Toggle Main Menu Toggle Search

Open Access padlockePrints

Association between hepatitis C virus and very-low-density lipoprotein (VLDL)/LDL analyzed in iodixanol density gradients

Lookup NU author(s): Dr Soren Nielsen, Professor Margaret Bassendine, Professor Alastair Burt, Caroline Martin, Dr Wanna Pumeechockchai, Professor Geoff Toms

Downloads

Full text for this publication is not currently held within this repository. Alternative links are provided below where available.


Abstract

Hepatitis C virus (HCV) RNA circulates in the blood of persistently infected patients in lipoviroparticles (LVPs), which are heterogeneous in density and associated with host lipoproteins and antibodies. The variability and lability of these virus-host complexes on fractionation has hindered our understanding of the structure of LVP and determination of the physicochemical properties of the HCV virion. In this study, HCV from an antibody-negative immunodeficient patient was analyzed using three fractionation techniques, NaBr gradients, isotonic iodixanol, and sucrose gradient centrifugation. Iodixanol gradients were shown to best preserve host lipoprotein-virus complexes, and all HCV RNA was found at densities below 1.13 g/ml, with the majority at low density, ≤1.08 g/ml. Immunoprecipitation with polyclonal antibodies against human ApoB and ApoE precipitated 91.8% and 95.0% of HCV with low density, respectively, suggesting that host lipoprotein is closely associated with HCV in a particle resembling VLDL. Immunoprecipitation with antibodies against glycoprotein E2 precipitated 25% of HCV with low density, providing evidence for the presence of E2 in LVPs. Treatment of serum with 0.5% deoxycholic acid in the absence of salt produced HCV with a density of 1.12 g/ml and a sedimentation coefficient of 215S. The diameters of these particles were calculated as 54 nm. Treatment of serum with 0.18% NP-40 produced HCV with a density of 1.18 g/ml, a sedimentation coefficient of 180S, and a diameter of 42 nm. Immunoprecipitation analysis showed that ApoB remained associated with HCV after treatment of serum with deoxycholic acid or NP-40, whereas ApoE was removed from HCV with these detergents. Copyright © 2006, American Society for Microbiology. All Rights Reserved.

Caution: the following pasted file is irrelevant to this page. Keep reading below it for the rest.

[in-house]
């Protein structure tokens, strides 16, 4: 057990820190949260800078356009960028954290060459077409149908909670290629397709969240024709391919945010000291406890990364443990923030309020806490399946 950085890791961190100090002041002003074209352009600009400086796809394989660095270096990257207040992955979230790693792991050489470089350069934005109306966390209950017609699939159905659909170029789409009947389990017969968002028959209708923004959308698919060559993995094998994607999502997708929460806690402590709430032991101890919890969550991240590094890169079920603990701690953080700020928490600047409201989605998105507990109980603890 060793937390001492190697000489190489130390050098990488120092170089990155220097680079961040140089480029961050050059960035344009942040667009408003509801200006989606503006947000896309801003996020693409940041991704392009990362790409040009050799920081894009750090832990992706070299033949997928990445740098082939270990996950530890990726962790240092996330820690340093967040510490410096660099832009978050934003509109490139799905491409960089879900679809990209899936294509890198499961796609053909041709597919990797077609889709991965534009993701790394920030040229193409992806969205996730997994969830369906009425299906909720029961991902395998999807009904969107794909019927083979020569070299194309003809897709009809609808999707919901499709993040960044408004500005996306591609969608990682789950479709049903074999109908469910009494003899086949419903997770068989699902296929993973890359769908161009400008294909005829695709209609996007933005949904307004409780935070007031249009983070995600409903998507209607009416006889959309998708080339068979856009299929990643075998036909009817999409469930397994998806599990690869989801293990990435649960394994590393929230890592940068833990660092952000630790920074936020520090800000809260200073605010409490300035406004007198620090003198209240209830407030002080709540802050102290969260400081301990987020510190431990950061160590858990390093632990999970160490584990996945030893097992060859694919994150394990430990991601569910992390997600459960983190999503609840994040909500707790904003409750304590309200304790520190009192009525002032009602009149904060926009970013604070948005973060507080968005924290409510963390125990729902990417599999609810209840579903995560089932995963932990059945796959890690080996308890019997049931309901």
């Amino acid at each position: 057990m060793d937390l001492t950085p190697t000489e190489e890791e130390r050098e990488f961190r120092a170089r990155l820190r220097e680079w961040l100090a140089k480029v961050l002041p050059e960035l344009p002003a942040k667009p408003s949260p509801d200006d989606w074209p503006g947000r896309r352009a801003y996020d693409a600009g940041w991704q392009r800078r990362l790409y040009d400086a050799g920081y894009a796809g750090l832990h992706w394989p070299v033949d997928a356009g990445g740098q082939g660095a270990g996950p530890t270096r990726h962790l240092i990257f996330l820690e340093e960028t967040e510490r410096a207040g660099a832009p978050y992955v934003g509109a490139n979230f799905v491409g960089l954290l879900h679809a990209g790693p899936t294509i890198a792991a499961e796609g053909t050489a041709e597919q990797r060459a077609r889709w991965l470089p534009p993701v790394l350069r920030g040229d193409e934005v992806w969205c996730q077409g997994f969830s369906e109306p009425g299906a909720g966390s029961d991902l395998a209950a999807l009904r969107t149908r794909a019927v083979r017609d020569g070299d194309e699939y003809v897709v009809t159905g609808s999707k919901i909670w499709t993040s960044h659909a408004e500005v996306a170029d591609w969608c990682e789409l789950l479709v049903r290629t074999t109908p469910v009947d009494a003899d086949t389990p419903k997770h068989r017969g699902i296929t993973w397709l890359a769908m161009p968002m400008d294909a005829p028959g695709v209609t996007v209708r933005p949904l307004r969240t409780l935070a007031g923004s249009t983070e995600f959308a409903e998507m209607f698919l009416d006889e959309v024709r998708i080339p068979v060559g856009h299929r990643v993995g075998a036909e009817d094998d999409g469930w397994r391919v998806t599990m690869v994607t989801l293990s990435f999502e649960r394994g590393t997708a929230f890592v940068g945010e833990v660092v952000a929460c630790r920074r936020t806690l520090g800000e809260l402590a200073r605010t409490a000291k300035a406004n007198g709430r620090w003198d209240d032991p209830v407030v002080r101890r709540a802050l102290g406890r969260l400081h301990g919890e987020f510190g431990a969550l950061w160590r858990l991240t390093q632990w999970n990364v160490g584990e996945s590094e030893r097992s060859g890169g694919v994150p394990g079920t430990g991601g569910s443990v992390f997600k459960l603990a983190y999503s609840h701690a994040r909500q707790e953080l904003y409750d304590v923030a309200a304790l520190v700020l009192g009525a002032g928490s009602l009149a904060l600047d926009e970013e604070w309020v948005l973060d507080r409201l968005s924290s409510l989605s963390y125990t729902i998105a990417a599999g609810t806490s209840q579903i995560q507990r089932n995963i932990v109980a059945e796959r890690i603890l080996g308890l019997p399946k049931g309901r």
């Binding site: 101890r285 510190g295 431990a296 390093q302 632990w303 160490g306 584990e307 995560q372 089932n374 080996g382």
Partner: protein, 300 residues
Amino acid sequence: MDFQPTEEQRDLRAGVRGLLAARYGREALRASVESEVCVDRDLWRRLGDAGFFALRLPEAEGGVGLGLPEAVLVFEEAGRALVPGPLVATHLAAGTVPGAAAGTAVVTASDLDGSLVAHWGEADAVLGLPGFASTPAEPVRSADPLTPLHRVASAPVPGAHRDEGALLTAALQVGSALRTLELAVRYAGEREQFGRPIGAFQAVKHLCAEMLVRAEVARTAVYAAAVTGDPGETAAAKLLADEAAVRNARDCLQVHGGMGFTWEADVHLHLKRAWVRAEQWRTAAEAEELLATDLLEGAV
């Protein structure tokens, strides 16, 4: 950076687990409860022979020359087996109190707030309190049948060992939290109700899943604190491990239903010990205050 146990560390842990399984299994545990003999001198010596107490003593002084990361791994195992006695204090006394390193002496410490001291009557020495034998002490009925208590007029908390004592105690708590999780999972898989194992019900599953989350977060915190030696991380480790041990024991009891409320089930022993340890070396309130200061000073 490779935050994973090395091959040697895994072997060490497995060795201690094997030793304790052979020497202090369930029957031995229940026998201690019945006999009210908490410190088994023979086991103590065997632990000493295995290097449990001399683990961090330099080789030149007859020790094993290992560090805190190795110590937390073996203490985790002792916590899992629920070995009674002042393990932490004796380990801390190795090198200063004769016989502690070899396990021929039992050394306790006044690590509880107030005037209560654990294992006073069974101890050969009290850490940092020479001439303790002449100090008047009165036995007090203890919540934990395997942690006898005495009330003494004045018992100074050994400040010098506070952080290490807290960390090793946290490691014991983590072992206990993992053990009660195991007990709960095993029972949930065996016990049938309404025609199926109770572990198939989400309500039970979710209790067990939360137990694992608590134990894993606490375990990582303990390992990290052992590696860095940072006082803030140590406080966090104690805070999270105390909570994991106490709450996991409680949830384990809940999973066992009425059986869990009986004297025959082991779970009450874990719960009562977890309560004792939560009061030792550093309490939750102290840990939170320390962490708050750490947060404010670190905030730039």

Publication metadata

Author(s): Nielsen SU, Bassendine MF, Burt AD, Martin C, Pumeechockchai W, Toms GL

Publication type: Article

Publication status: Published

Journal: Journal of Virology

Year: 2006

Volume: 80

Issue: 5

Pages: 2418-2428

ISSN (print): 0022-538X

ISSN (electronic): 1098-5514

Publisher: American Society for Microbiology

URL: http://dx.doi.org/10.1128/JVI.80.5.2418-2428.2006

DOI: 10.1128/JVI.80.5.2418-2428.2006

PubMed id: 16474148


Altmetrics

Altmetrics provided by Altmetric


Actions

Find at Newcastle University icon    Link to this publication


Share